Heather Simoneau (left) will be marching with Kathe Morrow, Humanities Librarian (right), and Tina Hertel, Help Desk/Web Support Librarian (center), in the annual Mummers Parade on Jan. 1.
The big 4-0.
Most people dread the day when they turn 40. Instead of cringing when she turned 40, Heather Simoneau ’90, Business Librarian, decided to celebrate it in an unusual way. Simoneau is going to commemorate the landmark, by marching in Philadelphia’s annual Mummers Parade
this New Year’s Day.
And she won’t be strutting alone.
Simoneau will be marching with two colleagues, Kathe Morrow, Humanities Librarian, and Tina Hertel, Help Desk/Web Support Librarian, her two children, and two other acquaintances.
The name of her group is “Southside Strutters.”
Simoneau and the Strutters are going to march as comics as a part of the Murray Comic Club, which has won first place for the past 10 years.
“We may not be the funniest [group] but we’ll be the most thoroughly researched,” Simoneau says laughing.
Growing up close to Philadelphia, Simoneau has known about the Mummers Parade from an early age. From 9 a.m. to 6 p.m. on New Year’s Day she would be fixated on the television screen watching men and women with painted faces and ornate costumes march down Broad Street.
“I always watched it and thought it would be fun. What am I waiting for? My 90th birthday when I can’t even walk down Broad Street?” Simoneau says.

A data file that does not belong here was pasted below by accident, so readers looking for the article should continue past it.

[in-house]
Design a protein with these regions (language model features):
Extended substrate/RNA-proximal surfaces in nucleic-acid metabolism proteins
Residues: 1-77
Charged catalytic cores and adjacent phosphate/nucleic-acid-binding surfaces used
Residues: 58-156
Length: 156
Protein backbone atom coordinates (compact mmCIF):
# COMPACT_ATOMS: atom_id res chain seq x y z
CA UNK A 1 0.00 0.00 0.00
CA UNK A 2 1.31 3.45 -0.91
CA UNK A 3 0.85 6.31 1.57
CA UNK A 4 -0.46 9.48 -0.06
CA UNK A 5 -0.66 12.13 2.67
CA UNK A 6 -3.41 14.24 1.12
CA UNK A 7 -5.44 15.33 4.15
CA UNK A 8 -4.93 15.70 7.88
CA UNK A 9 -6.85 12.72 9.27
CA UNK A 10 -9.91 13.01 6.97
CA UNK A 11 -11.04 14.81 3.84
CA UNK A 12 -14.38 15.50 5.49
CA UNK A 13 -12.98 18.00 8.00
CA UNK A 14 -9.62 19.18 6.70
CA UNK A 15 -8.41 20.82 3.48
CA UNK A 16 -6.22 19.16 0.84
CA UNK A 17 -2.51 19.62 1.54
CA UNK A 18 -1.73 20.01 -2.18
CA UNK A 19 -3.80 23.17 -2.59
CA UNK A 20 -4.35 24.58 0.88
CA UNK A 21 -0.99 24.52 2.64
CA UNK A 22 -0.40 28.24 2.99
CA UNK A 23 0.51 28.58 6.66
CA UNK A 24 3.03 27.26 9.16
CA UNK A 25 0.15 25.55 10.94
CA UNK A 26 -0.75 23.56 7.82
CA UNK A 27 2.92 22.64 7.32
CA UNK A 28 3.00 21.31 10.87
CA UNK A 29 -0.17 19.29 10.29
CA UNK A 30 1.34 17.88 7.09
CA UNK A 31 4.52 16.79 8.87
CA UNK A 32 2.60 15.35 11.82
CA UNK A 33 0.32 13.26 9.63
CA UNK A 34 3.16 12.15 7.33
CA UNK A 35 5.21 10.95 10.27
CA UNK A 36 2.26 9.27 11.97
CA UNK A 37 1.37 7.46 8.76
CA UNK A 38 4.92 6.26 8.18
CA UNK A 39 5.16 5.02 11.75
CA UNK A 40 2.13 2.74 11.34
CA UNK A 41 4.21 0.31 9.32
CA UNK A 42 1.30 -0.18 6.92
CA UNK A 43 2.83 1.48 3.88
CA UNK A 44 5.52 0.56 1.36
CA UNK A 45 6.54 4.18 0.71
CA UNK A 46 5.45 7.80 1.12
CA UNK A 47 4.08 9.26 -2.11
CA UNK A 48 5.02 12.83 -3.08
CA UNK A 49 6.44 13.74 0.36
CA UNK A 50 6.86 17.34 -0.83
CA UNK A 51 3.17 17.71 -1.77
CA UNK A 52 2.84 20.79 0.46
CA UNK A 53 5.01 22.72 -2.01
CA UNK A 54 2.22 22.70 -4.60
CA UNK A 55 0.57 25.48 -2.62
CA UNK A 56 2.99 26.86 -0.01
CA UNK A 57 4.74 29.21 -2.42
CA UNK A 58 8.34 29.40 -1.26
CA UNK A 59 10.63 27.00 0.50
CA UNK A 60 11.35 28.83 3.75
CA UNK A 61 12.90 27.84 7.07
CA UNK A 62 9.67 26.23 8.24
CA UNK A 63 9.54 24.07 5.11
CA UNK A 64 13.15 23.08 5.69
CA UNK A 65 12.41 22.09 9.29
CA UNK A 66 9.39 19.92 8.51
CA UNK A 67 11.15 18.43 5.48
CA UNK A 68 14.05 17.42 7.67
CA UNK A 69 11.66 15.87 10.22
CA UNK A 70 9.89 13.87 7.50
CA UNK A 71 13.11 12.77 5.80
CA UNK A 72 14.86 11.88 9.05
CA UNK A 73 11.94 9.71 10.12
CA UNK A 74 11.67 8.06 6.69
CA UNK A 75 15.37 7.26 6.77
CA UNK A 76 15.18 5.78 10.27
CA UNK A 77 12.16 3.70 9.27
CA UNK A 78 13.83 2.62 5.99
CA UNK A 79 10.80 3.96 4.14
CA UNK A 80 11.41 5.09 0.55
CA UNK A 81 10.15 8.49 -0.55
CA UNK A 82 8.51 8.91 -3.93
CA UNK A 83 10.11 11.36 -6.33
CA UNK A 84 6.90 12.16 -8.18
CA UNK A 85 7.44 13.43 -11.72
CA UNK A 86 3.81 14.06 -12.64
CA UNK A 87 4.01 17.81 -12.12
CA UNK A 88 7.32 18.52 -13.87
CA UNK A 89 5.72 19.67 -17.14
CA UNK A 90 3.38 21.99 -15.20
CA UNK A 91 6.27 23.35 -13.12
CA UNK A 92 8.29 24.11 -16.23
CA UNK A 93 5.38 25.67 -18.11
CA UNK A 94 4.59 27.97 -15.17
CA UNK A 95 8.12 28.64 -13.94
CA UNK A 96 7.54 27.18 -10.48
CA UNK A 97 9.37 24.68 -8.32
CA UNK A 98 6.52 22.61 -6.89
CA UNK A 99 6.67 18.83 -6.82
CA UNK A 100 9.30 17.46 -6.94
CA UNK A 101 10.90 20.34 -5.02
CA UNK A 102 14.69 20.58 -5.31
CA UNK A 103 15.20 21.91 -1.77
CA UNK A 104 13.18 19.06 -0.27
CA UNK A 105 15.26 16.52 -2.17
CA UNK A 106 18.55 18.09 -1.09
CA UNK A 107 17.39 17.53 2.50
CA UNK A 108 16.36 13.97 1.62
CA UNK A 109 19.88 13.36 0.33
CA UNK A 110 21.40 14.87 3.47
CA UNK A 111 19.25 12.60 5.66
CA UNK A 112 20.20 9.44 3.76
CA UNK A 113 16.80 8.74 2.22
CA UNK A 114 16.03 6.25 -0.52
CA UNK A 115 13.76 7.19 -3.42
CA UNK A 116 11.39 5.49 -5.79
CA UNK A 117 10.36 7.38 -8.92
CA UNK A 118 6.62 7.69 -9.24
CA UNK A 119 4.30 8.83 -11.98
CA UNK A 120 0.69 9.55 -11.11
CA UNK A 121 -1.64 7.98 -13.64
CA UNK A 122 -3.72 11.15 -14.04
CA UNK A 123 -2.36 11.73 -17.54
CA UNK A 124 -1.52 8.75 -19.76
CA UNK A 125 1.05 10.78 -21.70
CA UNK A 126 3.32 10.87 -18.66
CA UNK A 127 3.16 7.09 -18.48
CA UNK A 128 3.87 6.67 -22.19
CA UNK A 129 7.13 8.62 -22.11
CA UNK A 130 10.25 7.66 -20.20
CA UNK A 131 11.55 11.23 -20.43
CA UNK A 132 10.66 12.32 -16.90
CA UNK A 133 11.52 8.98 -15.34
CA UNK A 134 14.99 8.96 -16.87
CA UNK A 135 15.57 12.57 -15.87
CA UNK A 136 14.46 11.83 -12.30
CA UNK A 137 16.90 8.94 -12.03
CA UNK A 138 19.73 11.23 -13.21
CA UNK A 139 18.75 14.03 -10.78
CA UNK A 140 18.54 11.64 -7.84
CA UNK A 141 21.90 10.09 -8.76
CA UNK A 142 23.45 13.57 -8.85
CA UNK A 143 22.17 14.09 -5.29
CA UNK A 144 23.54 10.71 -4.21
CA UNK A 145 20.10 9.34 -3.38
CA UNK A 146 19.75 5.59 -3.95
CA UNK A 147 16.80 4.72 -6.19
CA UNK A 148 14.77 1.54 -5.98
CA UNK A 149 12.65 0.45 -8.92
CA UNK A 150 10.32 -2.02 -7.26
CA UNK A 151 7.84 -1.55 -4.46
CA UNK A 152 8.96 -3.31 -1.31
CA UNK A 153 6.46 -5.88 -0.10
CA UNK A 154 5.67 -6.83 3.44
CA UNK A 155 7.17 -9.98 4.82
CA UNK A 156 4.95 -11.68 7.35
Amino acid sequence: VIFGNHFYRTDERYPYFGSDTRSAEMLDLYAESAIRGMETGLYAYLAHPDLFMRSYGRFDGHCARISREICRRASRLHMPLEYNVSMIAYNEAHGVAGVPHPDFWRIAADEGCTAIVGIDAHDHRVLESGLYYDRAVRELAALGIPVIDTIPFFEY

The Mummers Parade is a long-standing tradition—officially since 1901, but unofficially since the late 1700’s—which involves people dressing up and bringing in the New Year by marching from South Philadelphia to Center City along Broad Street. Crowds line the street to see the costumes, hear the music and take in the essence of Philadelphia’s spirit.
The parade consists of four different divisions: the comics, the fancies, the string bands and the fancy brigades. Within each of these divisions are mother clubs that compete against each other to win the title in their respective division. Mother clubs with the most points win, and in the Comic division, points are awarded to individuals, couples, groups and brigades marching for a mother club.
Comics typically march with colorful attire, clown-like face paint, parasols, and gold shoes, in conjunction with the parade’s theme song, Oh! Dem Golden Slippers
Simoneau hasn’t come up with the Strutters’ costume yet, but wants it to be fun and incorporate literacy. And, she says, they will all definitely be wearing the traditional gold shoes.
“I’m going to be a mummer,” Simoneau says, “and I’m going to do the whole thing.”
She couldn’t convince her husband, Scott Simoneau ’88, ’93G to march but he will be driving the banner car. Her father-in-law has already rented a hotel room and is ready to watch the parade from his window.
“Now I really can’t back out!” Simoneau says.
In fact, the Mummers Parade is very family oriented, she says. If you aren’t marching with relatives then you are marching next to long-time friends who’ve become family.
Simoneau is planning to stock up her banner car with hot chocolate and bandages. She also wants to put thermal wraps under the costumes so she and the Strutters can stay warm.
Simoneau says she’s heard ‘once a mummer, always a mummer,’ which excites her because this will most likely be the one and only time she will be a participant.
“I’m really going to be a one-hit wonder,” Simoneau says. “This is the year—my year to march.”
--Lauren Martiello ’09